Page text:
This previously unreleased 3LP was recorded live at Earls Court, London on the 30th June and 1st July, 1978 by Tony Visconti. It was mixed by David and David Richards at Mountain Studios, Montreux from 17th – 22nd January, 1979.
This black vinyl 45 rpm 12” single features the first appearance of the full length demo of ‘Let’s Dance’, previously released in an edited form through digital download and streaming services for David’s birthday on 8th January this year. The full length version clocks in at 7.34, compared the edit which is 5.19 in length. Both versions were mixed by Nile Rodgers (original co-producer of the demo with David) in December of last year. The demo is backed by the live version of ‘Let’s Dance’, which was recorded live at Pacific National Exhibition Coliseum in Vancouver on 12th September 1983 and mixed by Bob Clearmountain. This version can be seen on the Serious Moonlight concert film, and was also previously available on the reverse of the Australian David Bowie Is exhibition as an exclusive yellow vinyl 7” single. The sleeve of the 12” single is a colour variation of the original Let’s Dance single cover.
A Sea Without Memory is David Helpling’s first ever solo ambient guitar album. The music, created live using only electric guitar and a series of custom programmed effects processors, is the culmination of the signature ambient guitar sound he has been refining throughout his entire career. A Sea Without Memory is a sharing, a story in watercolor told through the deep and textured hues of ambient guitar. Melancholy, shimmering and wondrous, this experience is not a journey, but rather an unfolding of events that approach, surround, then move beyond the listener, delivering a constant flow of dreamlike moments that slowly dissolve into the next wave of sound. Be still in the space, and let A Sea Without Memory slowly color your world.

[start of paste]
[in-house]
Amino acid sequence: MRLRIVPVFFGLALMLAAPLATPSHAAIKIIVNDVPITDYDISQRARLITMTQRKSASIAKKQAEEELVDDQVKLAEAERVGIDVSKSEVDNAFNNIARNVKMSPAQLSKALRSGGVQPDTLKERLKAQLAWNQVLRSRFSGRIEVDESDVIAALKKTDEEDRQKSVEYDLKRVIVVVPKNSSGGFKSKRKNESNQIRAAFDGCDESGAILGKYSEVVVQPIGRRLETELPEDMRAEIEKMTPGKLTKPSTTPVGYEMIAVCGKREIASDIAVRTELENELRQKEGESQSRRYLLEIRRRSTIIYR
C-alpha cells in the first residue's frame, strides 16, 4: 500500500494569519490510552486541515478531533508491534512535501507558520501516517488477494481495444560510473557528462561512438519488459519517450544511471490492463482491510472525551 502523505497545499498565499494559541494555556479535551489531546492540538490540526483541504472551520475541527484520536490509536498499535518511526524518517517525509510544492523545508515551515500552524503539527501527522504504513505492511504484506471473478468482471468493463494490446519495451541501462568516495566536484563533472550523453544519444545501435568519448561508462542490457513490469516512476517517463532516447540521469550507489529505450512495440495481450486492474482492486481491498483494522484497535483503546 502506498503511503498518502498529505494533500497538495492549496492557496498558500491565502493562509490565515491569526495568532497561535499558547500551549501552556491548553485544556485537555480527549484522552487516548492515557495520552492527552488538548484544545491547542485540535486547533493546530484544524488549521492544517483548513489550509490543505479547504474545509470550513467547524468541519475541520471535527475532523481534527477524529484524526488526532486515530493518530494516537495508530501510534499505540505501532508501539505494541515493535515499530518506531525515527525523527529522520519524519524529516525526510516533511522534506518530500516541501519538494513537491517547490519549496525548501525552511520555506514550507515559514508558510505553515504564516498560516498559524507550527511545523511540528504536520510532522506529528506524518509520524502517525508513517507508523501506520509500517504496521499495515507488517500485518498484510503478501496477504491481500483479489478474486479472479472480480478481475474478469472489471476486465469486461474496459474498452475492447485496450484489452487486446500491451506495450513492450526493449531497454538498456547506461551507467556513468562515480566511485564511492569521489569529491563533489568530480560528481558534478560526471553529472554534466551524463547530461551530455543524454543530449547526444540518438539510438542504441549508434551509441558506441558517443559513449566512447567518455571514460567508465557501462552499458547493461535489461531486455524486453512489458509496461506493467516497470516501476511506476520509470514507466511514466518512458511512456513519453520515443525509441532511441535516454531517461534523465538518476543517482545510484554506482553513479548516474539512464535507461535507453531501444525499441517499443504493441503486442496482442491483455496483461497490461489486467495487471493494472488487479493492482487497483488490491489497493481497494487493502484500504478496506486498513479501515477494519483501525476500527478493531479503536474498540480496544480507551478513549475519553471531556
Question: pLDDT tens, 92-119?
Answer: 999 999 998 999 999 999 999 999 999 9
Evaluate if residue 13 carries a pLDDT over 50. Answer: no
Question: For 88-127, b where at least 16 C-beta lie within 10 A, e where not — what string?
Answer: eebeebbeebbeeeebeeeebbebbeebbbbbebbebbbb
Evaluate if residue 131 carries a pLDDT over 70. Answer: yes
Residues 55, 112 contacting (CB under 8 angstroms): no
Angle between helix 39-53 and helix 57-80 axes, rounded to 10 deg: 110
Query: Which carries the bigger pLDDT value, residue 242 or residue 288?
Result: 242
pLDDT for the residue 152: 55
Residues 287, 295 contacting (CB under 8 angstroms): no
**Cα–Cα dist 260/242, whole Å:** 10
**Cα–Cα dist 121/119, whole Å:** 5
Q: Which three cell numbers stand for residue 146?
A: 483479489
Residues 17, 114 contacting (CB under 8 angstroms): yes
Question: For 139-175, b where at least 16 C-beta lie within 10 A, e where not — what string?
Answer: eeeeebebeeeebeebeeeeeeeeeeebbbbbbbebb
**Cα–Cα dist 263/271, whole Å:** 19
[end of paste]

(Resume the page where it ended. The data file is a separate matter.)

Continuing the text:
English composer Thomas Tallis witnessed dramatic changes of religion under four monarchs, and his career accordingly represents the development of polyphonic church music in Renaissance England. Along with his student and fellow Roman Catholic, William Byrd, Tallis was one of the earliest composers to publish music under royal patent in England, and his works demonstrated the shifting doctrines and styles of liturgy in the reigns of Henry VIII, Edward VI, Mary I, and Elizabeth I. This 2017 Obsidian release features one piece with a text by Henry VIII's sixth and last wife, Katherine Parr, which gives the album its title, though the mix of Roman Catholic and Anglican pieces on the program suggests that "songs of Reformation" may be seen as one-sided. In any case, the performances by the vocal ensemble Alamire and the viol consort Fretwork put the emphasis on Tallis and his varied output, rather than on the theological preferences of royalty. The result is a well-balanced portrait of Tallis, and his choral music is given transparent textures and clear diction by the 14-voice choir, which maintains independence of parts while offering an evenly blended tone.